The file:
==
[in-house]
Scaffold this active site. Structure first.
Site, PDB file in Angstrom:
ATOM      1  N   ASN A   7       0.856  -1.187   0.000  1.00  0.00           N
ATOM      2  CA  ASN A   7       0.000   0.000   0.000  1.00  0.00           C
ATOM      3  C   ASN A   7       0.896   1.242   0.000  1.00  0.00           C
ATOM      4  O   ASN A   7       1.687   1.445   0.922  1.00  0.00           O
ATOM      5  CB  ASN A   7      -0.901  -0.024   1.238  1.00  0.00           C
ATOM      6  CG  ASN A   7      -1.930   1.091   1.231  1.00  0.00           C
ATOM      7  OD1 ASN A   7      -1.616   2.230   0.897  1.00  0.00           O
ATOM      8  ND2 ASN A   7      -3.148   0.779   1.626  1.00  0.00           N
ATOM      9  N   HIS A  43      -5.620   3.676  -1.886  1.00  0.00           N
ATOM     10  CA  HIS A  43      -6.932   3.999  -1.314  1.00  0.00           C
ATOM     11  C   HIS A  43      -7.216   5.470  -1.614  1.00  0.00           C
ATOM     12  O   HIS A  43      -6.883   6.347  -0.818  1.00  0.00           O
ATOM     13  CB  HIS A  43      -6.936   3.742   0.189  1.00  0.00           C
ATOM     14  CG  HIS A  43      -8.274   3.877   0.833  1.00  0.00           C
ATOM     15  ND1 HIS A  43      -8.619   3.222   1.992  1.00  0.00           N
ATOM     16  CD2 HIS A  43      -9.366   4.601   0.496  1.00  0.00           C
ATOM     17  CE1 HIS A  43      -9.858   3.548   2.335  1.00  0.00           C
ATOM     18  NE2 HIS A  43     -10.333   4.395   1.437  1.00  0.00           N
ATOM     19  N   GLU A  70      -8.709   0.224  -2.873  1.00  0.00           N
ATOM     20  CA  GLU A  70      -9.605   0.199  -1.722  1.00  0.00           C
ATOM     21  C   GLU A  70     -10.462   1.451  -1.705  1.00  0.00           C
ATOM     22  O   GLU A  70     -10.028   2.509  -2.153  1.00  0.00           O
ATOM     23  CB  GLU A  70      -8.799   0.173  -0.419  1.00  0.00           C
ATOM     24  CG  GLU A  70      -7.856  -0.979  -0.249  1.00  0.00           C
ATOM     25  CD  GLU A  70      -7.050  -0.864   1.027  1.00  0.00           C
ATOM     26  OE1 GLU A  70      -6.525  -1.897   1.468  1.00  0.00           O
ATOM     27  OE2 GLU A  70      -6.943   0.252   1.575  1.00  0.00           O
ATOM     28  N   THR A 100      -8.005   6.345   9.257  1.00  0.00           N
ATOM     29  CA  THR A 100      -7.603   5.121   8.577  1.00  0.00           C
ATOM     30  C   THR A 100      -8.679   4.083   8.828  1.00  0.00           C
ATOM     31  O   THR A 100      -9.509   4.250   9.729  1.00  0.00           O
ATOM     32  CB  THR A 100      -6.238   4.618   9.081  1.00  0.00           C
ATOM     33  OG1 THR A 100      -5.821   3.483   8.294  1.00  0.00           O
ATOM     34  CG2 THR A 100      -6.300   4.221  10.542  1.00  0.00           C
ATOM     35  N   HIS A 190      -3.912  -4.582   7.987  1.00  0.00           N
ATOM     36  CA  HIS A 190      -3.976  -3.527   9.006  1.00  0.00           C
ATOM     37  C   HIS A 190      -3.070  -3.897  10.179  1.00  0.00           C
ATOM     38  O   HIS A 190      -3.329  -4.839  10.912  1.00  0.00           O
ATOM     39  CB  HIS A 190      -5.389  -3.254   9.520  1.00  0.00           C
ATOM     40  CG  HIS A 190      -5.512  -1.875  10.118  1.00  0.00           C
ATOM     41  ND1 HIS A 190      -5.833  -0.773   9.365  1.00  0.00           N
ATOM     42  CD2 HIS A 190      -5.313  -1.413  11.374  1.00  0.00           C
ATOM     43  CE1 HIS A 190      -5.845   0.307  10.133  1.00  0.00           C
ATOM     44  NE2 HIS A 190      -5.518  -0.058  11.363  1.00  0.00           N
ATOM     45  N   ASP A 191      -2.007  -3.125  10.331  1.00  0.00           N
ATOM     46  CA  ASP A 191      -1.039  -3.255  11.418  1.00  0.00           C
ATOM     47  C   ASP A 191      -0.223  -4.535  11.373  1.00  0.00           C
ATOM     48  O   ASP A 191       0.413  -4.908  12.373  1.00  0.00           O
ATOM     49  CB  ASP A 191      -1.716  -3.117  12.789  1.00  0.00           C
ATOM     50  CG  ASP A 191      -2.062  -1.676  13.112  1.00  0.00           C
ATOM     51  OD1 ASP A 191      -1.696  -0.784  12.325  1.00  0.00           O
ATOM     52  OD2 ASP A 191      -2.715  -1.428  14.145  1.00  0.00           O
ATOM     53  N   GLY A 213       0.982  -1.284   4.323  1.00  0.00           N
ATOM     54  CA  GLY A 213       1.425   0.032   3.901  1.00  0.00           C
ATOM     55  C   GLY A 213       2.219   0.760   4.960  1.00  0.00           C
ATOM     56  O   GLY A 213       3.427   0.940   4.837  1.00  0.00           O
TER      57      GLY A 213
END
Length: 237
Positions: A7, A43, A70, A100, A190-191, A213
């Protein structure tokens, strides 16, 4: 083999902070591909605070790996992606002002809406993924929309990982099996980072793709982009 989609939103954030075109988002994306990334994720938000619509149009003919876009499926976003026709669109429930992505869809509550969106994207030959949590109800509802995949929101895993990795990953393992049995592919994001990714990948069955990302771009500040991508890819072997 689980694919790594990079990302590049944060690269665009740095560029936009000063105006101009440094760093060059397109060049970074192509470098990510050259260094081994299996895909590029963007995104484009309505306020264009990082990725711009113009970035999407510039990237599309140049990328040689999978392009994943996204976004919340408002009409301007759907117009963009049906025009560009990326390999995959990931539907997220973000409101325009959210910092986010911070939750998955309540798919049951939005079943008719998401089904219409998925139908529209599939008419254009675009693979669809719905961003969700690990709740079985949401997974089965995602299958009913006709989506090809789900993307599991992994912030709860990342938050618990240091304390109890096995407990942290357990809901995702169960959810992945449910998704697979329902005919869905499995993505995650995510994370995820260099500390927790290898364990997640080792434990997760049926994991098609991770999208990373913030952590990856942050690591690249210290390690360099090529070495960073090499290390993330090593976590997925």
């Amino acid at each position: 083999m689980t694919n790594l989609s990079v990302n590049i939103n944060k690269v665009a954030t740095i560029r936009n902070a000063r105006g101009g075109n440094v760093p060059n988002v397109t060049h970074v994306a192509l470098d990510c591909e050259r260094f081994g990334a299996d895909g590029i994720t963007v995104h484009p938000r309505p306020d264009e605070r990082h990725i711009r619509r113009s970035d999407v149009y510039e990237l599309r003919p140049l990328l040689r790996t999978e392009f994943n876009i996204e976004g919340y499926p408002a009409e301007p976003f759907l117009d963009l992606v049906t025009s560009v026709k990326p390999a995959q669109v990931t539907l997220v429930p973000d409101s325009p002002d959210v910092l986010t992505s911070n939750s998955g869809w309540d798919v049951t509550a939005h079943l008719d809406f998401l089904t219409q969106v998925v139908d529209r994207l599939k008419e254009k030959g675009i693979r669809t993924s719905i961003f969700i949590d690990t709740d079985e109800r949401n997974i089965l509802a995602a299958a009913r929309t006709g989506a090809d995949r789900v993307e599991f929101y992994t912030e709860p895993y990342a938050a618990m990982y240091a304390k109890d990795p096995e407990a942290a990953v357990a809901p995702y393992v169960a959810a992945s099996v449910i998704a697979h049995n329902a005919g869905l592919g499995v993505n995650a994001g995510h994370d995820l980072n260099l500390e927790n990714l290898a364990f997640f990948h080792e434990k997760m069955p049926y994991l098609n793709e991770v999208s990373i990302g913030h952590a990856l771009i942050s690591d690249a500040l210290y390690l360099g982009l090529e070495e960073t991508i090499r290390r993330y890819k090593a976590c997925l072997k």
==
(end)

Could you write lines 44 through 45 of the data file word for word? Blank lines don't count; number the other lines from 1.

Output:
ATOM     41  ND1 HIS A 190      -5.833  -0.773   9.365  1.00  0.00           N
ATOM     42  CD2 HIS A 190      -5.313  -1.413  11.374  1.00  0.00           C